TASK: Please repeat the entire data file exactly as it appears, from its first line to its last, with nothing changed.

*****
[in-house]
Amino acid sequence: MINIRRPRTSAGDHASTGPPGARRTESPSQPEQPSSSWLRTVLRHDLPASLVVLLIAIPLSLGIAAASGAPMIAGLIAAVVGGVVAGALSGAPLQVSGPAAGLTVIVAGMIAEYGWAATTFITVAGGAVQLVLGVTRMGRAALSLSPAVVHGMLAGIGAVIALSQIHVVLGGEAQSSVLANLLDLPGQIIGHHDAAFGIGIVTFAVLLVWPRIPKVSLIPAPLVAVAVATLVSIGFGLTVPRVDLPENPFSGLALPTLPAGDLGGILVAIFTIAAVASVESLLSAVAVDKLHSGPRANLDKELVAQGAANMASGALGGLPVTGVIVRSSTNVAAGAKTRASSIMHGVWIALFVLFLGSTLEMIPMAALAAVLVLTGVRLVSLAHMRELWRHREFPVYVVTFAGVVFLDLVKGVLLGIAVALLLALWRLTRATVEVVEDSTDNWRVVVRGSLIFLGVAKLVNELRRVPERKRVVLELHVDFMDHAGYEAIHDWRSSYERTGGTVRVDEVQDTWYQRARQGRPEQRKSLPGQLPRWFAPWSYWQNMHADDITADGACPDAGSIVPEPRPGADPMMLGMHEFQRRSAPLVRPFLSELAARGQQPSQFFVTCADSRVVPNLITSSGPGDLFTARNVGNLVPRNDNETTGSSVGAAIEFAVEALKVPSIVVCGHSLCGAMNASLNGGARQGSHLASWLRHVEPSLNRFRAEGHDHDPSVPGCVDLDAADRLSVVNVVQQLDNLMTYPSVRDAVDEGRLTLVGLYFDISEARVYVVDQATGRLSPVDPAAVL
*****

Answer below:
[in-house]
Amino acid sequence: MINIRRPRTSAGDHASTGPPGARRTESPSQPEQPSSSWLRTVLRHDLPASLVVLLIAIPLSLGIAAASGAPMIAGLIAAVVGGVVAGALSGAPLQVSGPAAGLTVIVAGMIAEYGWAATTFITVAGGAVQLVLGVTRMGRAALSLSPAVVHGMLAGIGAVIALSQIHVVLGGEAQSSVLANLLDLPGQIIGHHDAAFGIGIVTFAVLLVWPRIPKVSLIPAPLVAVAVATLVSIGFGLTVPRVDLPENPFSGLALPTLPAGDLGGILVAIFTIAAVASVESLLSAVAVDKLHSGPRANLDKELVAQGAANMASGALGGLPVTGVIVRSSTNVAAGAKTRASSIMHGVWIALFVLFLGSTLEMIPMAALAAVLVLTGVRLVSLAHMRELWRHREFPVYVVTFAGVVFLDLVKGVLLGIAVALLLALWRLTRATVEVVEDSTDNWRVVVRGSLIFLGVAKLVNELRRVPERKRVVLELHVDFMDHAGYEAIHDWRSSYERTGGTVRVDEVQDTWYQRARQGRPEQRKSLPGQLPRWFAPWSYWQNMHADDITADGACPDAGSIVPEPRPGADPMMLGMHEFQRRSAPLVRPFLSELAARGQQPSQFFVTCADSRVVPNLITSSGPGDLFTARNVGNLVPRNDNETTGSSVGAAIEFAVEALKVPSIVVCGHSLCGAMNASLNGGARQGSHLASWLRHVEPSLNRFRAEGHDHDPSVPGCVDLDAADRLSVVNVVQQLDNLMTYPSVRDAVDEGRLTLVGLYFDISEARVYVVDQATGRLSPVDPAAVL